Consumption-based emissions

London’s wider greenhouse gas impacts

Date published: 
26 February 2020

Tackling the greenhouse gas (GHG) emissions from London’s buildings, transport and industry is a huge challenge. The impact of greenhouse gases goes far beyond the city’s boundaries too. Consider the electronic goods we buy, the food we eat and clothes we wear much of which is produced globally. Yet understanding emissions from our consumption patterns can help us better understand and plan to reduce London’s wider carbon footprint. Examples include our work with London Waste and Recycling Board to reduce food waste and promote new sustainable models of consumption for textiles.  Both will help to reduce emissions.

The Mayor, Sadiq Khan, has commissioned Leeds University to develop a historic trend of consumption-based emissions for London. It uses the latest available data (running from 2001-2016) on average expenditure on different types of goods and service. This methodology aligns with what the government uses at UK level.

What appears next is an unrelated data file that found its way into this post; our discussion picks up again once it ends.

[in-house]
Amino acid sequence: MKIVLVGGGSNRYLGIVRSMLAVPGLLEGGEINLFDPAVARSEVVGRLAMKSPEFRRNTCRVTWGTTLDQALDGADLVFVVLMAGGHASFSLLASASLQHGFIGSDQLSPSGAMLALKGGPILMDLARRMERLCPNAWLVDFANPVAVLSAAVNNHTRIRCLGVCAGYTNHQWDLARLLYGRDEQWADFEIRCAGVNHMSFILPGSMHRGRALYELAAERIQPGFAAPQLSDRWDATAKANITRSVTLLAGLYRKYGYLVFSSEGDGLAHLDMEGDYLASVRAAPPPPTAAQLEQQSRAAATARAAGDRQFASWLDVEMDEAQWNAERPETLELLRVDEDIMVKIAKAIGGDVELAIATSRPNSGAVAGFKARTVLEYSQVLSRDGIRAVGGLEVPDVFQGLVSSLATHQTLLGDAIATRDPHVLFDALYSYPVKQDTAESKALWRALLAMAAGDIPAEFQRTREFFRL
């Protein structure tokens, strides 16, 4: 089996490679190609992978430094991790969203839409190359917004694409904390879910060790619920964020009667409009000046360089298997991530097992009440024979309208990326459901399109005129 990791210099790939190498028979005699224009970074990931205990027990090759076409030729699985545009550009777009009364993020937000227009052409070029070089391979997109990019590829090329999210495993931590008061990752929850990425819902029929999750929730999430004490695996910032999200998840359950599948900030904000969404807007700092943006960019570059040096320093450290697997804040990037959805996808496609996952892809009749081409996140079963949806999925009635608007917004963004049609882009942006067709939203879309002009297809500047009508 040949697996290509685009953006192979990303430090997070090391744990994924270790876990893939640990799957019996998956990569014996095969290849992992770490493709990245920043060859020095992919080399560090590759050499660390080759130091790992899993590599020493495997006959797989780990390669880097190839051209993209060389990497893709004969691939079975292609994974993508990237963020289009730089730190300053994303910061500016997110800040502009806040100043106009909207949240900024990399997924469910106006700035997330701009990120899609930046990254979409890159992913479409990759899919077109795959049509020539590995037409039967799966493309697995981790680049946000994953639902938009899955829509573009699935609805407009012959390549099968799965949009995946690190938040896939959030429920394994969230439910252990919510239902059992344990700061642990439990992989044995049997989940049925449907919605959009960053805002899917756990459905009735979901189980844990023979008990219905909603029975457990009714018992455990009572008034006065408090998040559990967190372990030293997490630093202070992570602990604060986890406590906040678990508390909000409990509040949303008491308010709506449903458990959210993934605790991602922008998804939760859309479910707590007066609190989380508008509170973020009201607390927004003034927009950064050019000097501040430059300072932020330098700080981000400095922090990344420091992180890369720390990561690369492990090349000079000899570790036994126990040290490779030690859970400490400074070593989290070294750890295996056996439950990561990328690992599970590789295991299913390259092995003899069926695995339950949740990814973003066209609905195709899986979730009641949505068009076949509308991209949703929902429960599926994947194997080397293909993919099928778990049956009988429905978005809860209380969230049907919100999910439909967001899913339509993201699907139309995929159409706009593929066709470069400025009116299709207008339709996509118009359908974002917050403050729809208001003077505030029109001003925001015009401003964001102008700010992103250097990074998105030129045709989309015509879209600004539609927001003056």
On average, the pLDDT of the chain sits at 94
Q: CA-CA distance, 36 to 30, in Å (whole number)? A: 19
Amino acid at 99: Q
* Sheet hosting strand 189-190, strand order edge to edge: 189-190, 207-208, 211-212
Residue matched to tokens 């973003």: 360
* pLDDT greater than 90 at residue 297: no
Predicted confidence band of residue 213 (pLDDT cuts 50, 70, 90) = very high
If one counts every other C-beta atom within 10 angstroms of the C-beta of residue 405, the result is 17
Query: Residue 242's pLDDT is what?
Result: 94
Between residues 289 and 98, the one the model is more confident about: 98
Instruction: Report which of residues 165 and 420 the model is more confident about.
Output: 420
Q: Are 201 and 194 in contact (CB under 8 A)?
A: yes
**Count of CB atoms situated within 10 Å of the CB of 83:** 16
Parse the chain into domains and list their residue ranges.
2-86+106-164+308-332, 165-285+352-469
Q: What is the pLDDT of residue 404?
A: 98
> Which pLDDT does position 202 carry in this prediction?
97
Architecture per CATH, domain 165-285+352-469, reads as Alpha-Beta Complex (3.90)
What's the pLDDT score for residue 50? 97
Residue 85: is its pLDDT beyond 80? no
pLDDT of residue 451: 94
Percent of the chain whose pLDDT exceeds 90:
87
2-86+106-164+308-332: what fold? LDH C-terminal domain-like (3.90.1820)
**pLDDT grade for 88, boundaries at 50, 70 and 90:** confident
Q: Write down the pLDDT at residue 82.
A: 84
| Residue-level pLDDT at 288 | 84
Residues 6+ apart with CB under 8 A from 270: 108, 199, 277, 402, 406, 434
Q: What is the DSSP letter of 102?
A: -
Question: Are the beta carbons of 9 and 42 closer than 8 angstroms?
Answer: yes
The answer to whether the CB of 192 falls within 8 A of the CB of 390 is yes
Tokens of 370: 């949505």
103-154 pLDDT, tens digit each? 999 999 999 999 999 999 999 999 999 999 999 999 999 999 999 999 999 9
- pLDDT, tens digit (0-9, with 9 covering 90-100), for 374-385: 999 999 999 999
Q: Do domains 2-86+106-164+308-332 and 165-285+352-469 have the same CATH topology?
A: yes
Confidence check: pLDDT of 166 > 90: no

Key findings

London’s consumption-based emissions in 2016 were around 110Mt CO2e. They’ve fallen by 5 per cent since 2001, despite the city’s population increasing by almost 1.5 million over that time. This means emissions per head have reduced by 21 per cent (from 15.9t CO2e to 12.6t CO2e). The biggest drop was between 2008 and 2009 during the global financial crisis, which had a big impact on household expenditure.

In comparison, emissions occurring in London, and from the generation of electricity that is consumed in London, were around 31 MtCO2e in 2016. These emissions have reduced by 39 per cent since 2000.

The national/international context

London’s per capita consumption-based footprint is close to the UK average. It also follows a similar trend in reduction over the same period. However, at sector level there are some cases where the per capita emissions for Londoners are different, for example: 

  • Food and drink – London has higher emissions for food and drink consumed outside the home and lower in the home. This reflects different eating patterns. 
  • Transport – Londoners have higher than average emissions associated with air travel.

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